Around the Horn: Corner Infielders
Sure-gloved Hatteberg helping Encarnacion's development
The following is the second in a series of weekly stories on MLB.com examining each Major League club, position by position. Each Wednesday until Spring Training camps open, we'll preview a different position. Today: Corner infielders.
CINCINNATI -- In painting, the transition from blank canvas to finished product can often be a long and uneven one. Sometimes, the work in progress is not a pretty sight until finally completed to satisfaction.
This can hold true as well for young ballplayers still developing at the Major League level.
Defensively at third base for the Reds last season, Edwin Encarnacion's results skewed closer to "Dogs Playing Poker" than a Picasso. He committed 25 errors in 2006 (16 throwing), which tied him for most among Major League third basemen and tied for fifth overall. His fielding percentage was only .916.
The Reds, who had one of the Majors' worst team defenses in 2006, have made improving their fielding a bigger priority. They're counting on Encarnacion to make some progress in that area in 2007.
Many of the mistakes Encarnacion made could be attributed to age. He was only 23 last season, his first full year in the big leagues, and he was prone to common miscues like rushing his throws.
On the plus side, Encarnacion has demonstrated good range and made some nice stops on balls sharply hit to the hot corner. It's also not like he didn't put in the time trying to improve. Several hours before most games, Encarnacion was first on the field taking extra ground balls with bench coach Bucky Dent.
"We know how hard he works," Reds general manager Wayne Krivsky said. "He's a young player that in some ways is developing at the Major League level. We're pleased with his progress but feel there's still room for improvement, and I'm sure he feels that way, too.
"He showed improvement as we went along. Watching him play, you could see him getting better. His errors per game got better in the second half from the first half. He definitely has the work ethic and desire to get better, and we think he will get better."
The offensive picture for Encarnacion has been much brighter. He batted .276 with 15 homers and a team-leading 33 doubles, while his 72 RBIs tied him for third on the club.
He also had a penchant for making something happen. In 98 of his 117 games, Encarnacion reached base via hit, walk or hit-by-pitch. He batted .303 (33-for-109) with runners in scoring position, well above the less-than-stellar team average of .243.
"He's one of the guys that have the potential to be a quality run producer in the middle of a Major League lineup," Krivsky said. "It's about repetition, maturity and learning to use the whole field. When he uses the whole field, he can be a very tough out."
A red-hot Spring Training with the bat last year cemented Encarnacion's regular role, but Rich Aurilia was there to pick him up at third base during the season when the errors started mounting. Aurilia is now gone as a free agent.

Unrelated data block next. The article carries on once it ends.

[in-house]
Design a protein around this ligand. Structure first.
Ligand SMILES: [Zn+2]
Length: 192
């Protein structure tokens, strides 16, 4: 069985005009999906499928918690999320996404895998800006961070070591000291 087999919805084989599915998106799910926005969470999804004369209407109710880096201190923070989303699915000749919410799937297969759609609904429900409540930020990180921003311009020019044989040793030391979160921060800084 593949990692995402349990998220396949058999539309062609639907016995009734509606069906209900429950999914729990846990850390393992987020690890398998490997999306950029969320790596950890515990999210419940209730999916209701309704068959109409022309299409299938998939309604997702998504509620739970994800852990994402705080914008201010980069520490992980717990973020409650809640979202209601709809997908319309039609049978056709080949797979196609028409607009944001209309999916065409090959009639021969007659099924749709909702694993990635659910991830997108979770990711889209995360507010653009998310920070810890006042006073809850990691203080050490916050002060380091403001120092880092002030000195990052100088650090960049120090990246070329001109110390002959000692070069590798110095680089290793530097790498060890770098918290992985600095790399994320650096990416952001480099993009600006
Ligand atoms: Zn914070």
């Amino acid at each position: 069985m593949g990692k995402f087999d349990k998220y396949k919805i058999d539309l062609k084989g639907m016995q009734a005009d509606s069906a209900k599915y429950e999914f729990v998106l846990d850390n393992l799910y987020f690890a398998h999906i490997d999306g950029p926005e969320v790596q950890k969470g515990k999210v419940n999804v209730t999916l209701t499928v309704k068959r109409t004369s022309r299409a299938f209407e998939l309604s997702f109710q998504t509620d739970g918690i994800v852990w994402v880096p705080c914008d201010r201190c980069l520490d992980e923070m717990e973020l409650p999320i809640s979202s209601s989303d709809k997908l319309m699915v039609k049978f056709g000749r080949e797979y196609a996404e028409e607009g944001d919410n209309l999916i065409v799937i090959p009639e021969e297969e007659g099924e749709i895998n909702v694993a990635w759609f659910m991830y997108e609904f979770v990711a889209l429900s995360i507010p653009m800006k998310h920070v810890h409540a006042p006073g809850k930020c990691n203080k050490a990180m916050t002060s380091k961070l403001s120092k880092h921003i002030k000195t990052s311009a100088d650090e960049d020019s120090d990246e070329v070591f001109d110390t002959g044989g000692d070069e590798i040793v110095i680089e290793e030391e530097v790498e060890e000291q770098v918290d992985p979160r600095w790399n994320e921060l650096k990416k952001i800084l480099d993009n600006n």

Manager Jerry Narron has slick fielder Juan Castro or utility man Ryan Freel at his disposal if needed. Jerry Gil, who was claimed off of waivers from the Diamondbacks after the season, can also play around the infield and will be trying to make the club.
At the opposite corner of the infield, first baseman Scott Hatteberg is beyond any baseball growing pains at age 37. Hatteberg committed just four errors in 1,074 total chances for a .996 fielding percentage. He had a 100-game streak last season without an error that was the longest in the Majors since 2003.
"He made all the plays," Krivsky said. "He'll make all of the routine plays and some of the above-average plays. He does a nice job over there."
Offensively, the lefty-hitting Hatteberg batted .289 with 13 homers and 51 RBIs in 141 games. He also stood out for being a patient hitter in a Reds lineup filled with power hitters and free swingers.
Hatteberg owned a team-high .389 on-base percentage and was one of the toughest Major Leaguers to strike out last season. He had a plate-appearance-per-strikeout ratio of 13.1, sixth best in the National League. The Reds showed how much they valued Hatteberg's approach when they gave him a one year, $1.5 million contract extension for 2007 in July.
Backing up Hatteberg will be right-handed-hitting veteran Jeff Conine. The 40-year-old Conine, who was acquired last month in a trade with the Phillies to replace Aurilia's bat, batted a combined .268 with 10 home runs and 66 RBIs for the Orioles and Phillies last season.
Conine has a track record for hitting both lefties and righties well, while Hatteberg is much better against right-handers than lefties. It's possible that Narron could mix and match the two based on pitching matchups.
If Cincinnati runs through both Hatteberg and Conine, both Castro and catcher Javier Valentin could be asked to step in. Both are considered versatile players. Down in the Minors, Joey Votto could be the first baseman of the future. Votto batted .319 with 22 homers and 77 RBIs last season at Double-A Chattanooga. The 23-year-old could likely move up to Triple-A this season.
Mark Sheldon is a reporter for MLB.com. This story was not subject to the approval of Major League Baseball or its clubs.